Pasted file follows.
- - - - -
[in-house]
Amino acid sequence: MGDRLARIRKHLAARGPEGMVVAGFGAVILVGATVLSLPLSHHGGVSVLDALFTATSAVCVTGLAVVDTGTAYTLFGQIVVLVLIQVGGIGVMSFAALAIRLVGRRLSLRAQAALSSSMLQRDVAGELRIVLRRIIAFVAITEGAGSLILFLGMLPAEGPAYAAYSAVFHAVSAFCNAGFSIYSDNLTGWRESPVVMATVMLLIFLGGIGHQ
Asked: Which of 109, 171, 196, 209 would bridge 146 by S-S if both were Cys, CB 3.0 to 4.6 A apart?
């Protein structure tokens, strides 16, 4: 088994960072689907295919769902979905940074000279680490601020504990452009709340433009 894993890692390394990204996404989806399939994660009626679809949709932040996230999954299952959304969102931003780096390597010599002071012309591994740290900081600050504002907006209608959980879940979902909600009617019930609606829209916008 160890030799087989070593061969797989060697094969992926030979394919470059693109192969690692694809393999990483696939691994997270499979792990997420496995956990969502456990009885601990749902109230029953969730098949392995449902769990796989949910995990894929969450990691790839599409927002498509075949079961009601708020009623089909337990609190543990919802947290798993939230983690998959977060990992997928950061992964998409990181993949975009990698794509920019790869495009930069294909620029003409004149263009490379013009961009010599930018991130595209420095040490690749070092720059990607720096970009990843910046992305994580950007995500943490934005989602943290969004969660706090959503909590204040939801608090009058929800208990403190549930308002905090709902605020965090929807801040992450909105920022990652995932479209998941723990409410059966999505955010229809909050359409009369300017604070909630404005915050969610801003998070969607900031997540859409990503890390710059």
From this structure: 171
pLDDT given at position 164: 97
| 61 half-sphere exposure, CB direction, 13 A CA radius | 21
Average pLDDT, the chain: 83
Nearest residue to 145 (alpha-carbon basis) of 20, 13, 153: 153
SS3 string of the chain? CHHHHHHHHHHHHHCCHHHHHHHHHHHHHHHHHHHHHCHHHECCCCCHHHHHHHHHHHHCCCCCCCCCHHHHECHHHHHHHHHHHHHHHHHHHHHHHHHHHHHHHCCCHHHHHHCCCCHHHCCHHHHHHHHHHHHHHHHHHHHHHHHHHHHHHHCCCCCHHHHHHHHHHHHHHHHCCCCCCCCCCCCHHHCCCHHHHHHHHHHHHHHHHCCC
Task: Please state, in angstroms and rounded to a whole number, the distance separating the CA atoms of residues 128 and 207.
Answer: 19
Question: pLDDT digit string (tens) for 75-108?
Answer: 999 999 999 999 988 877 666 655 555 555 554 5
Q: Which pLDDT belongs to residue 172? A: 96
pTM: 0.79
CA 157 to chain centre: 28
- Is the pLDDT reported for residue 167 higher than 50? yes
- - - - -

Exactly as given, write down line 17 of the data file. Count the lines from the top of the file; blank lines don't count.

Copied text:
CA 157 to chain centre: 28